Japan may be known as the world leader when it comes to high-tech toilets, but only 35.8 percent of those in prefectural high schools are Western-style.
That is what a group of national and prefectural lawmakers have found in a survey they commissioned, saying the low rate reflects a lack of government subsidies and low priority for modernizing toilets that were mostly installed in the 1960s and 1970s.
The proportion of Western-style toilets in prefectural high schools is lower than at public elementary and junior high schools, which stood at 43.3 percent in a separate education ministry survey released in November 2016.
The lawmakers’ survey, covering around 225,000 toilets in roughly 3,200 prefectural high schools across Japan, found that about 80,000 were the seated variety and 145,000 the squat variety as of April 1.
The lawmakers are promoting the installation of Western-style toilets in schools. Their survey covered all prefectures except Miyagi.
Advocates pushing seated-style toilets cite two reasons: Many students use Western ones at home and are not used to squat toilets, and sitting-style toilets are easier to use for the elderly and disabled when schools are used as disaster evacuation centers.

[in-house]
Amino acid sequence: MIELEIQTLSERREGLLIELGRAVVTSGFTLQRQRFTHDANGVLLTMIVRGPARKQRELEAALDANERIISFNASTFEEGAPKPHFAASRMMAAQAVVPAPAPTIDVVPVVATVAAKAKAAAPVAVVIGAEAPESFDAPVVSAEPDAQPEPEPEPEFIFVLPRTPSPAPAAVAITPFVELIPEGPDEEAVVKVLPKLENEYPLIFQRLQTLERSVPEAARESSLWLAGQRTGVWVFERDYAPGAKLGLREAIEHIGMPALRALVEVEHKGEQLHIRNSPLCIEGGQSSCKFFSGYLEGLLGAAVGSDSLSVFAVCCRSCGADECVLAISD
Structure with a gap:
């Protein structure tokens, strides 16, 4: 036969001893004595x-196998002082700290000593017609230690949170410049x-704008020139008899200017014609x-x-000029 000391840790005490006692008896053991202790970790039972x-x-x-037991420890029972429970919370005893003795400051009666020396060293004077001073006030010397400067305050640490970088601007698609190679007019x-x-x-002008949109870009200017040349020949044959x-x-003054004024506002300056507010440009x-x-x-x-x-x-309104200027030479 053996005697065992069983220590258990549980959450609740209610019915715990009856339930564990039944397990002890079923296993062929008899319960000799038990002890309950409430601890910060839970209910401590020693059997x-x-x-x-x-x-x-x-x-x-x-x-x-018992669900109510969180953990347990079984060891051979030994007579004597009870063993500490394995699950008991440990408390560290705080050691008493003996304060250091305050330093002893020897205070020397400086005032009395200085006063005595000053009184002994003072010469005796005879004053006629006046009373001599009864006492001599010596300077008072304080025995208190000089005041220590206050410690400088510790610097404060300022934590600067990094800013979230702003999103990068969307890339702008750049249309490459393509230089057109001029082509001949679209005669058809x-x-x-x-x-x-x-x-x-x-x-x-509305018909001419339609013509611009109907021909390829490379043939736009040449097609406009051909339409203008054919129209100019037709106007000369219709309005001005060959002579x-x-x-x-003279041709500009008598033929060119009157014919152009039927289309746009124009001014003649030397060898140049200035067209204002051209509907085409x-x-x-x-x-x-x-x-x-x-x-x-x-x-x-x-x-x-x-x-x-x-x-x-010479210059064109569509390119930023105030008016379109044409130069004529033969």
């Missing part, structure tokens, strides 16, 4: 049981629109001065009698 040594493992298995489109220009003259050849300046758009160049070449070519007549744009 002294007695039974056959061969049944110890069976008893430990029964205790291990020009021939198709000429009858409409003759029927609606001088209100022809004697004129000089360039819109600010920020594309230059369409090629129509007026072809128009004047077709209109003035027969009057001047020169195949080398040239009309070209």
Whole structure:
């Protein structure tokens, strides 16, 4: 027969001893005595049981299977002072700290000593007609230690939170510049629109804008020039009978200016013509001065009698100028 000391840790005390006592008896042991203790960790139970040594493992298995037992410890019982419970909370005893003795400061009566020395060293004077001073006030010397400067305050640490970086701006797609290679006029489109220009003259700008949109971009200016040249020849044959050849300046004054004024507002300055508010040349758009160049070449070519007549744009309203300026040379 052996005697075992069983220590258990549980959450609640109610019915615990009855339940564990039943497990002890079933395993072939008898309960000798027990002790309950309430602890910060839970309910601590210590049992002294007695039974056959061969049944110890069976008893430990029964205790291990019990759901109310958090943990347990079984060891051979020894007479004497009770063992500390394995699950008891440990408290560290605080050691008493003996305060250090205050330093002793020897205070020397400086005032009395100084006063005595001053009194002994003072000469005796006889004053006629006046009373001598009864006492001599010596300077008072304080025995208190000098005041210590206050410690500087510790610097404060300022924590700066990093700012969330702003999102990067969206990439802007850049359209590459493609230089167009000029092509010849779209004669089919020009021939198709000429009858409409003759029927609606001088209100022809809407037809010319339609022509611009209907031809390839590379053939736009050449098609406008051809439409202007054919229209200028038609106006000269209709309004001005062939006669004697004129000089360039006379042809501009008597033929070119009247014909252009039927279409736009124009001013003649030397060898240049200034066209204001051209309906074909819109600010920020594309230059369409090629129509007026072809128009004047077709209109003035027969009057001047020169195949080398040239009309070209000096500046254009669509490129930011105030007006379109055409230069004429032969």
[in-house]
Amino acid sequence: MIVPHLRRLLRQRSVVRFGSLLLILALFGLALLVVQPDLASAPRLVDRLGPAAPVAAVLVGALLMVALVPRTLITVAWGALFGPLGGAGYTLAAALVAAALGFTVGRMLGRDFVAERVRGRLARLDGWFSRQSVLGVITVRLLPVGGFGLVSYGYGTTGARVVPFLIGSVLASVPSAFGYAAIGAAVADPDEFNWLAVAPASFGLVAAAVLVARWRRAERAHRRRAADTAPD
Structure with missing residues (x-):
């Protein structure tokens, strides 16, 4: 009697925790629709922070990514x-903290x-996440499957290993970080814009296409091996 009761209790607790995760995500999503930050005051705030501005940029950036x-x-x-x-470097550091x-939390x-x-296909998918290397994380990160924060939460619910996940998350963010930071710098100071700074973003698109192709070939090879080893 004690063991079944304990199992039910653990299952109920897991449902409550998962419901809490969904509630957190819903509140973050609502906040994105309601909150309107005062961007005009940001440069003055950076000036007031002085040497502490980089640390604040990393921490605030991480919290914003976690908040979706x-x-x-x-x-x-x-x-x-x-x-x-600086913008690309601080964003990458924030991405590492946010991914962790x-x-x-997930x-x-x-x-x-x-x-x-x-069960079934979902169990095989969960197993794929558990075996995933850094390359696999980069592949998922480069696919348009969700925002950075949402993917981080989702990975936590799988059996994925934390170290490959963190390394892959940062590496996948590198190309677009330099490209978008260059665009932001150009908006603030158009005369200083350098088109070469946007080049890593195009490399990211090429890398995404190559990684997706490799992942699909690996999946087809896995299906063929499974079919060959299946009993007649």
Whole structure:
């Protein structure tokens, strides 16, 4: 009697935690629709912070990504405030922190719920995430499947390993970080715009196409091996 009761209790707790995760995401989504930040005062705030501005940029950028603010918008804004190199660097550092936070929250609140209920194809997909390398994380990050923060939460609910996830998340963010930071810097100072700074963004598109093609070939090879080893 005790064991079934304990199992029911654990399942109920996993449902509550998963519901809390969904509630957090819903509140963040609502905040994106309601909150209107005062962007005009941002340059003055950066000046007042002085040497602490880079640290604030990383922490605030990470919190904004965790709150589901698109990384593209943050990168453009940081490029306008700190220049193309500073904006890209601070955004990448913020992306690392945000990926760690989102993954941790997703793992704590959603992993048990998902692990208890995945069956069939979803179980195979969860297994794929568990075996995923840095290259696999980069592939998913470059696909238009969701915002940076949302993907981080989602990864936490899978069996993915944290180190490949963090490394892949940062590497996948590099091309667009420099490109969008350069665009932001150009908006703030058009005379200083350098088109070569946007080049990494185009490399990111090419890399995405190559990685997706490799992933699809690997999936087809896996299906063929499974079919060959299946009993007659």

One reason public elementary and junior high schools have a higher percentage of Western-style toilets is that they receive government subsidies covering one-third of the cost of renovating a restroom — a benefit high schools do not receive. At larger high schools, renovation costs can reach hundreds of millions of yen, according to the education ministry.
The low ratio of Western-style toilets has stirred concerns that children who shun the squat type tend to hold back and could suffer constipation. Some experts have also pointed out a sanitary problem related to squat toilets as the floors around them tend to get dirty more easily.
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